Danish researchers have found that patients with psoriasis are at elevated risk of developing abdominal aortic aneurysms (AAA), with the severity of skin disease corresponding with higher risks, according to a paper published online ahead of print in Arteriosclerosis, Thrombosis, and Vascular Biology (Apr. 14, 2016).
Doctors and patients should not consider psoriasis just a skin disease, according to the study’s lead author in a press release. “Psoriasis must be considered as a systemic inflammatory disease rather than an isolated skin disease. Increased awareness on heightened risk of other cardiovascular diseases, including AAA, in patients with psoriasis is also required,” said Usman Khalid, M.D., a PhD fellow in the Department of Cardiology at Herlev and Gentofte Hospital in Denmark.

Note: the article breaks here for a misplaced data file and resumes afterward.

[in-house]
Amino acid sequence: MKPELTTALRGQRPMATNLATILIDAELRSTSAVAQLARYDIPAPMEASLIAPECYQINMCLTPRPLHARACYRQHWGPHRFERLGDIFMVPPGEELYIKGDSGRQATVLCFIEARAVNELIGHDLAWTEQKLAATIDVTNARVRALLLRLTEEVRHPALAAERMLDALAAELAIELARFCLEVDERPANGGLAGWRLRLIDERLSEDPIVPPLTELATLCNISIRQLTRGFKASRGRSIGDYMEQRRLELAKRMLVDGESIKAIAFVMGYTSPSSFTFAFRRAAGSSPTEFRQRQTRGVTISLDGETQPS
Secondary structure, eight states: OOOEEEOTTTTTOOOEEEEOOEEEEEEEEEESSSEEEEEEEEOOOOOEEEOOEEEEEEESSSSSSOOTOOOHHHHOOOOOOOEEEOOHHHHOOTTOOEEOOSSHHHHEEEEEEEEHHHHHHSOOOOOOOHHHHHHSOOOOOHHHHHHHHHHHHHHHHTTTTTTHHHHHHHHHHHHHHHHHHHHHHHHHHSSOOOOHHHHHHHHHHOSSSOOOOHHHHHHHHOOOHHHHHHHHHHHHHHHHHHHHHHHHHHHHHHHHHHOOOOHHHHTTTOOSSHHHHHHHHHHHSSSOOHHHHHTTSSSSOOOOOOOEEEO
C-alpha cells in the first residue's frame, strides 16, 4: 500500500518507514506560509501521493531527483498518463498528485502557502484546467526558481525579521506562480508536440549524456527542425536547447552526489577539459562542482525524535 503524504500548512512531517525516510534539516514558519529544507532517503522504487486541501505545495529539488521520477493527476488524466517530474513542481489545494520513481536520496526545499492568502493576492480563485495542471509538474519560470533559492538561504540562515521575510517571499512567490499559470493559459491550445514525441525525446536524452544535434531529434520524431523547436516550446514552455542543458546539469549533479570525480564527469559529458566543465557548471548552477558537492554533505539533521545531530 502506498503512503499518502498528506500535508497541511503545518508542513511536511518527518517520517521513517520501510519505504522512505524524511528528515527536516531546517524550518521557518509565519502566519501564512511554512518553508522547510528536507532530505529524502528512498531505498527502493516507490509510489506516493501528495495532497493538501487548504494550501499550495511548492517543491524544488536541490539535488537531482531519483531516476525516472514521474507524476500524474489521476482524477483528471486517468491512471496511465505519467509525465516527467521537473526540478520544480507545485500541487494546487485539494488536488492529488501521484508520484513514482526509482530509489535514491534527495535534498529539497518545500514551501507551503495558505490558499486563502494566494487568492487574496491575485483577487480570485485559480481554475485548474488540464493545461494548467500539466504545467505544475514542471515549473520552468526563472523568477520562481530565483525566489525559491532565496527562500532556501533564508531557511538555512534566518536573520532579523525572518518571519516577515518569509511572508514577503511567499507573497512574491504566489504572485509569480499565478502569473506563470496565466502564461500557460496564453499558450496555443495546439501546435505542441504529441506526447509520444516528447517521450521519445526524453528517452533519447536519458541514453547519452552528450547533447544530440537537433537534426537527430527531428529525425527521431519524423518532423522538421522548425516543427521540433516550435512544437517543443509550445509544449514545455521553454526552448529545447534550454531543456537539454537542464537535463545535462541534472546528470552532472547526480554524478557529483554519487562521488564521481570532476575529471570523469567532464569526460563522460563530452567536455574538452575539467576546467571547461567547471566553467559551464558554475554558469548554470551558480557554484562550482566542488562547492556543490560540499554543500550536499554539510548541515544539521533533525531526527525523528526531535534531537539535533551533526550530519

The investigators identified 59,423 patients with mild psoriasis and 11,566 with severe psoriasis in nationwide Danish registries who presented between 1997 and 2011. Those patients were followed until diagnosis of abdominal aortic aneurysms, death, migration, or the study end date. From that data, the authors found the rate for developing AAA per 10,000 person-years was 3.72 in the general population, 7.30 for patients with mild psoriasis, and 9.87 for those with severe psoriasis.
“Compared to the general population, the adjusted incidence rate ratios were significantly increased for severe psoriasis at 1.67. That’s a 67 per cent greater risk of AAA likelihood for severe psoriasis sufferers,” Dr. Khalid said in the release. “Clinicians need to educate and assist their patients with psoriasis in lifestyle and risk factor modification to facilitate cardiovascular disease risk reduction.”
Dr. Khalid also said that further research is needed to determine whether it is worthwhile for patients with psoriasis to undergo more frequent ultrasonic screening for AAA, and to evaluate the impact of anti-inflammatory psoriasis treatment on AAA risk.